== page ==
Health Data Collaboration Will Improve Outcomes for Medical Emergencies

Health Data Collaboration Will Improve Outcomes for Medical Emergencies

American Heart Association and RapidSOS to connect first responders and 9-1-1 telecommunicators with life-saving medical information

NEW YORK, NY--Too often life-saving medical data isn’t available to first responders during emergencies. A new collaboration between the American Heart Association, and emergency technology company, RapidSOS, will help solve this issue by teaming up to promote a voluntary registry for citizens to share data with 911 and first responders. People can provide opt-in profile information and individual health data, personalizing care and positively transforming emergency outcomes. 

“Heart disease and stroke are the 1st and 5th leading causes of death in the United States. If emergency medical responders had access to a patient’s medical information when arriving on-scene, this could dramatically change the way in which care is delivered and tailored to the person’s medical needs,” said Michael Kurz, MD, chair of the American Heart Association’s Systems of Care Subcommittee and associate professor at the University of Alabama School of Medicine in the Department of Emergency Medicine. “Delays in recognition and treatment of time-sensitive conditions like heart attacks, strokes and cardiac arrest can be the difference between life and death. RapidSOS helps us close the gap between emergency medical response and patients, resulting in better and more efficient emergency care.”           

Actionable Medical Information in the Hands of Emergency Services

Public safety professionals are trained to respond as quickly as possible to medical emergencies, but our nation’s 9-1-1 system was built over 50 years ago for landlines phones, making it nearly impossible to digitally send any data to 9-1-1 and first responders. The result is that callers need to verbally relay personal and contextual information to the 9-1-1 telecommunicator in order to get appropriate care. During cardiac arrest, every minute that passes without CPR and defibrillation decreases the chances of survival by 7-10%.

The joint solution with RapidSOS will provide patient medical and personal information directly to public safety personnel during a 9-1-1 call at no cost. This will enable a data-driven and situationally-aware emergency response which can reduce the time to diagnosis and treatment. Examples of data transmitted will include information on medical history, allergies, medications, medical devices and emergency contacts.      

Individuals will be able to submit their selected information through a secure database for the exclusive access of authorized 9-1-1 agencies. As long as a 9-1-1 center has access to RapidSOS, they will be able to see the data, anywhere in the country. You can sign up for early access here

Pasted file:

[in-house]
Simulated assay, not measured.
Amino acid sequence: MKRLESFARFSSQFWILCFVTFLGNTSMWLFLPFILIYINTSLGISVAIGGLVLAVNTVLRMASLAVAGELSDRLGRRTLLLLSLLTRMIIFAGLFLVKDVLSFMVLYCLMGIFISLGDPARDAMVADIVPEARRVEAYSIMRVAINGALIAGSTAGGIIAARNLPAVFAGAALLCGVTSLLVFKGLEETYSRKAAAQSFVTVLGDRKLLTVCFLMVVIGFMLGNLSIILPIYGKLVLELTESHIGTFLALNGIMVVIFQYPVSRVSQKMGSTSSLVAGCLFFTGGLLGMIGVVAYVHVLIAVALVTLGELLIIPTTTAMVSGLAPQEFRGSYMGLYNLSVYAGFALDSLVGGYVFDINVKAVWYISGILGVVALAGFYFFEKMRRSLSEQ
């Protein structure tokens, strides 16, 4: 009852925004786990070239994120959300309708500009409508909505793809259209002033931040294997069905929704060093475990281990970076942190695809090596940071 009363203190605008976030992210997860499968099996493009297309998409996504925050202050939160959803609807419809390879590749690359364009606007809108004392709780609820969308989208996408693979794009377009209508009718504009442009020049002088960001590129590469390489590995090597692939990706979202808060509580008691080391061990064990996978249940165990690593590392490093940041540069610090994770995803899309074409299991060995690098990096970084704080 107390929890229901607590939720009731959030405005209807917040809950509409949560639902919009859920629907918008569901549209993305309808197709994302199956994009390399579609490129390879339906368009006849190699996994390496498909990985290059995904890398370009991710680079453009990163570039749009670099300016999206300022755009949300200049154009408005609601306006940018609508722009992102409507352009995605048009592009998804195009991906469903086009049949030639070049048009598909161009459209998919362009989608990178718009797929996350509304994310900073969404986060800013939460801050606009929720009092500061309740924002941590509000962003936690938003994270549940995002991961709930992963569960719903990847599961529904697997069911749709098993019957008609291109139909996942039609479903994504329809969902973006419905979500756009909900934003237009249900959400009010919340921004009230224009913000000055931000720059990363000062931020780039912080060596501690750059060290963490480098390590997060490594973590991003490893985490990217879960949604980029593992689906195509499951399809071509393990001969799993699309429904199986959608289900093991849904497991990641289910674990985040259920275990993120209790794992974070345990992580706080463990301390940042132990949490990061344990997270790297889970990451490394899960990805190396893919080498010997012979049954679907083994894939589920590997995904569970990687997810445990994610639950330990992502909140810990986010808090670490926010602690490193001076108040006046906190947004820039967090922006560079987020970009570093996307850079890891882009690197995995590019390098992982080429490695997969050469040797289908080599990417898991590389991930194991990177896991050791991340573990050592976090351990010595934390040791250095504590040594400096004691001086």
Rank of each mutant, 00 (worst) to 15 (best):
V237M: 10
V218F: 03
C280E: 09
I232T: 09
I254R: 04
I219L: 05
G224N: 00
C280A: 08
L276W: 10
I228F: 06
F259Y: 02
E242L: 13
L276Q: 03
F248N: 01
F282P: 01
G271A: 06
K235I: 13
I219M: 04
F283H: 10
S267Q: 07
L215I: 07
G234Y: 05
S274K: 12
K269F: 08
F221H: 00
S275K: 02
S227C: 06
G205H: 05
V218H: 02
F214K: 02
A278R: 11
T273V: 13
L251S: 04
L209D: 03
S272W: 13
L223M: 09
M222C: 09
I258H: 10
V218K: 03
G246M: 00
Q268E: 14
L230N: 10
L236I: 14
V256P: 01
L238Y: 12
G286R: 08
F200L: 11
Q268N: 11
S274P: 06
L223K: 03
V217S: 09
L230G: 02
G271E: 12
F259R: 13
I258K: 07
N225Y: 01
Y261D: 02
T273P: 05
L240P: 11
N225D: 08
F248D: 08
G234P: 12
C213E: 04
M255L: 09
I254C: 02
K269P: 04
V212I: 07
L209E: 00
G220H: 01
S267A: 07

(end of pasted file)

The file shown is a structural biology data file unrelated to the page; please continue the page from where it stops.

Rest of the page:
“Seconds save lives during emergencies and providing responders with medical information for a patient can make all the difference in the outcome of an incident,” says Michael Martin, CEO of RapidSOS. “Legacy 9-1-1 infrastructure, however, does not connect first responders with the medical data they need to provide the best possible care. We are thrilled to work with the American Heart Association to make patient health data available to emergency medical professionals through modern emergency infrastructure.” 

"RapidSOS and the American Heart Association are giving emergency professionals access to critical information to effectively respond to medical emergencies," said Francesca Dominici, PhD, Co-Director of the Data Science Initiative at Harvard University. "This work will produce more efficient, better prepared medical response, saving lives."

Access for Any Public Safety Agency Nationwide

Public safety agencies can access supplemental life-saving information through RapidSOS Clearinghouse at no cost. The American Heart Association will join organizations including Apple, Google, the MedicAlert Foundation and Uber sharing emergency data through the RapidSOS platform.

When 9-1-1 receives a call from a number associated with information in the secure emergency database, the telecommunicator will quickly be able to view the member’s profile data.

Any public safety agency can get access to the information from the RapidSOS Portal, a secure web-based tool, or an integration with their existing software. Over 3,000 agencies serving over 250 million people currently have access to the data. Authorized agencies interested in gaining access can visit to learn more.

SOURCE: American Heart Association


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